The first lines, which start with a double Python comment sign (##), tell QGIS the inputs of the algorithm described in the file and the outputs that it will generate. They work with exactly the same syntax as the SEXTANTE scripts that we have already seen, so they will not be described here again.

When you declare an input parameter, QGIS uses that information for two things: creating the user interface to ask the user for the value of that parameter and creating a corresponding R variable that can later be used as input for R commands.

In the above example, we are declaring an input of type vector named polyg. When executing the algorithm, QGIS will open in R the layer selected by the user and store it in a variable also named polyg. So, the name of a parameter is also the name of the variable that we can use in R for accesing the value of that parameter (thus, you should avoid using reserved R words as parameter names).

Spatial elements such as vector and raster layers are read using the readOGR() and brick() commands (you do not have to worry about adding those commands to your description file – QGIS will do it), and they are stored as Spatial*DataFrame objects. Table fields are stored as strings containing the name of the selected field.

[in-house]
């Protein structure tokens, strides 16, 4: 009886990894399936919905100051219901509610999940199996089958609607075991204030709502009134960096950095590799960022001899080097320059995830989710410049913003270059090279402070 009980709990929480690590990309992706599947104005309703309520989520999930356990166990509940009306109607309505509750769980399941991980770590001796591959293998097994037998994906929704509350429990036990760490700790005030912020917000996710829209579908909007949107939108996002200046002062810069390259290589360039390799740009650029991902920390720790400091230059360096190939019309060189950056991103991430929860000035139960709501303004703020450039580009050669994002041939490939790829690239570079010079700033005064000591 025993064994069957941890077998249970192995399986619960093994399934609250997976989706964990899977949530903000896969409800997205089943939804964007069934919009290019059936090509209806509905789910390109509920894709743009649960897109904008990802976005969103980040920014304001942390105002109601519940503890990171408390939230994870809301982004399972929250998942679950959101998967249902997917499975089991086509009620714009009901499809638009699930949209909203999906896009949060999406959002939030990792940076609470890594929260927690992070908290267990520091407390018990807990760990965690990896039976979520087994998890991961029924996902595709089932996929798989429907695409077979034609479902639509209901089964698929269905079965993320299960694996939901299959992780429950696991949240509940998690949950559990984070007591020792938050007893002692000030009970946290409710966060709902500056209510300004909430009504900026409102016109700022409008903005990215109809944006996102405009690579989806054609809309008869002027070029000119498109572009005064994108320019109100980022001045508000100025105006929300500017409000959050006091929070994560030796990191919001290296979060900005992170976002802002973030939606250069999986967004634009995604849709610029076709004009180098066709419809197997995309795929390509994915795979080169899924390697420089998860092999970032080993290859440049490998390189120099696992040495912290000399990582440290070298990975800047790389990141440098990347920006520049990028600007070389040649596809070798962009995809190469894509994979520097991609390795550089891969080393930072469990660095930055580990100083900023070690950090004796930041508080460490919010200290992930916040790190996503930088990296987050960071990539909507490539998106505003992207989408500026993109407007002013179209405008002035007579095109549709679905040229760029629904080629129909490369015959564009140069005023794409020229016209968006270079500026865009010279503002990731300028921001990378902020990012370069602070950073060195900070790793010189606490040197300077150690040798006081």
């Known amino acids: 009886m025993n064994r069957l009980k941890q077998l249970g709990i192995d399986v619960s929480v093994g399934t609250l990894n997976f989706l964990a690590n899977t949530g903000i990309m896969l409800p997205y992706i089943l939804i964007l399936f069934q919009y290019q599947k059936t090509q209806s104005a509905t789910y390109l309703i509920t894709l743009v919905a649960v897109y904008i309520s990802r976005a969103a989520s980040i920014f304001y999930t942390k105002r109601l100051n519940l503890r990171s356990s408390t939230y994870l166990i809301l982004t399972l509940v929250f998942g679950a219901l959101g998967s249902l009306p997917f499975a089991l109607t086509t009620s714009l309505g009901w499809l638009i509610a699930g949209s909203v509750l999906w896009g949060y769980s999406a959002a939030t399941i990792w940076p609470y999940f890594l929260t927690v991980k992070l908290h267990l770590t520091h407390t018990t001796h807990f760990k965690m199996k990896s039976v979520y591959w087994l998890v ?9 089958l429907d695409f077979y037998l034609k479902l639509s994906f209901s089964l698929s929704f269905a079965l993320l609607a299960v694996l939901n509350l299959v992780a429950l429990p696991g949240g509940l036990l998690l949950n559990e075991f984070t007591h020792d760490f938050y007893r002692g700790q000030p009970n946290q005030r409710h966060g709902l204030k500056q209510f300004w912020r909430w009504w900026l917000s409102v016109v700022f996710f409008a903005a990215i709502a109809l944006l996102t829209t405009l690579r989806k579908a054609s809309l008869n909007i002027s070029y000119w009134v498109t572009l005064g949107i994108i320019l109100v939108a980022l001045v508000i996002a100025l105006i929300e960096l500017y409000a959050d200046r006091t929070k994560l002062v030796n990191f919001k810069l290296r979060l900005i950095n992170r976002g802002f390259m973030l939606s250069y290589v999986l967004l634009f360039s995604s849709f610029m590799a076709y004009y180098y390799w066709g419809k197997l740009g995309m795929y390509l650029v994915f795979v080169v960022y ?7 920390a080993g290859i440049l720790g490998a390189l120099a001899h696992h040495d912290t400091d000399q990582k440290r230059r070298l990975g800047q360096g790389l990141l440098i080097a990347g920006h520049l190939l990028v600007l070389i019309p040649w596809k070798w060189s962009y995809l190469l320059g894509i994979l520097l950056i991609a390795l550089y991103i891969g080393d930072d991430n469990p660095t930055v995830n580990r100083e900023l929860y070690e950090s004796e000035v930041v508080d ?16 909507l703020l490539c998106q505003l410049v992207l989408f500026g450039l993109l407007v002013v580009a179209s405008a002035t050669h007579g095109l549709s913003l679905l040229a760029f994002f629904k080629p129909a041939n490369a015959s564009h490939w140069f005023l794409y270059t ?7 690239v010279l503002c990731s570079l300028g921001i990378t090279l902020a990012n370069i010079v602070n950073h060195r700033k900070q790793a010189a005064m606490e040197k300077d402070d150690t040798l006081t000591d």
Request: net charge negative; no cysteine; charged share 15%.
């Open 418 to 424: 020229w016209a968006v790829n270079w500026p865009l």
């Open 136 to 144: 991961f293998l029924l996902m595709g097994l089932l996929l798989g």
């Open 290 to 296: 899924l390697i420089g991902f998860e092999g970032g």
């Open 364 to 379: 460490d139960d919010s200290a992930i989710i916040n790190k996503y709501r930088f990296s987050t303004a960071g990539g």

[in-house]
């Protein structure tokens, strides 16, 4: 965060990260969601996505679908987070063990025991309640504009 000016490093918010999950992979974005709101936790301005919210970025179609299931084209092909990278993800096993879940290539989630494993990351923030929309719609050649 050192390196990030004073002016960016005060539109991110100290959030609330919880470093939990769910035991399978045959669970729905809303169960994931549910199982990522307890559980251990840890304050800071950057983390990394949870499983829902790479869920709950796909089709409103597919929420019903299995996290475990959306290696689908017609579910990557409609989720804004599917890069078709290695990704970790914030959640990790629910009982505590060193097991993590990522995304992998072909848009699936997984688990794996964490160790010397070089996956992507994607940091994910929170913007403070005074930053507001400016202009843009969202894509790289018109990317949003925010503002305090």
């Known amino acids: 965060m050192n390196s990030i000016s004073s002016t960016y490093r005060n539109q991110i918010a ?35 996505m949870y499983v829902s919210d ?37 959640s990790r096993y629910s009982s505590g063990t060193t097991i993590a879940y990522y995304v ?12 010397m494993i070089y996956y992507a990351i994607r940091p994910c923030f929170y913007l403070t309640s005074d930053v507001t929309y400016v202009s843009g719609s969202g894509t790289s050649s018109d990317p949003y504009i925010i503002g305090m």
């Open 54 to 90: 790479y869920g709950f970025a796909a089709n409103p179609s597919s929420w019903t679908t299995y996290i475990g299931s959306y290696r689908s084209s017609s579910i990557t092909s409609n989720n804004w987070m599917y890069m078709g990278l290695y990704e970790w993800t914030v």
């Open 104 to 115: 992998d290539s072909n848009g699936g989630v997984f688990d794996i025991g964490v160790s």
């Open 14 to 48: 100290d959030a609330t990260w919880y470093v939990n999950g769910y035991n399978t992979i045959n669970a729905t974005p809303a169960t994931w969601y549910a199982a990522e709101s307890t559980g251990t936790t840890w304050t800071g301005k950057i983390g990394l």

Tabelas são abertas usando o comando read.csv(). Se uma tabela inserida pelo usuário não está no formato CSV, será convertida antes de importá-la para R.

Adicionalmente, os arquivos raster pode ser lidos usando o comando readGDAL() em vez de brick(), usando o ##usereadgdal.

If you are an advanced user and do not want QGIS to create the object representing the layer, you can use the ##passfilename tag to indicate that you prefer a string with the filename instead. In this case, it is up to you to open the file before performing any operation on the data it contains.

Com a informação em cima, podemos agora perceber a primeira linha do nosso primeiro script exemplo (a primeira linha que não começa com o comentário Python).

pts=spsample(polyg,numpoints,type="random")

A variável polygon já contém o objecto SpatialPolygonsDataFrame, portanto pode ser usado para chamar o método spsample, tal como o numpoints, que indica o número de pontos a ser adicionados ao grid de amostra criada.

Desde que declarado uma saída do tipo vetor chamado out, temos que criar uma variável chamada out e armazenar um ` Spatial*DataFrame objeto nele (neste caso, um SpatialPointsDataFrame). Você pode usar qualquer nome para as variáveis ​​intermediárias. Apenas certifique-se de que a variável que armazena o resultado final tem o mesmo nome que você usou para declará-la, e que contém um valor adequado.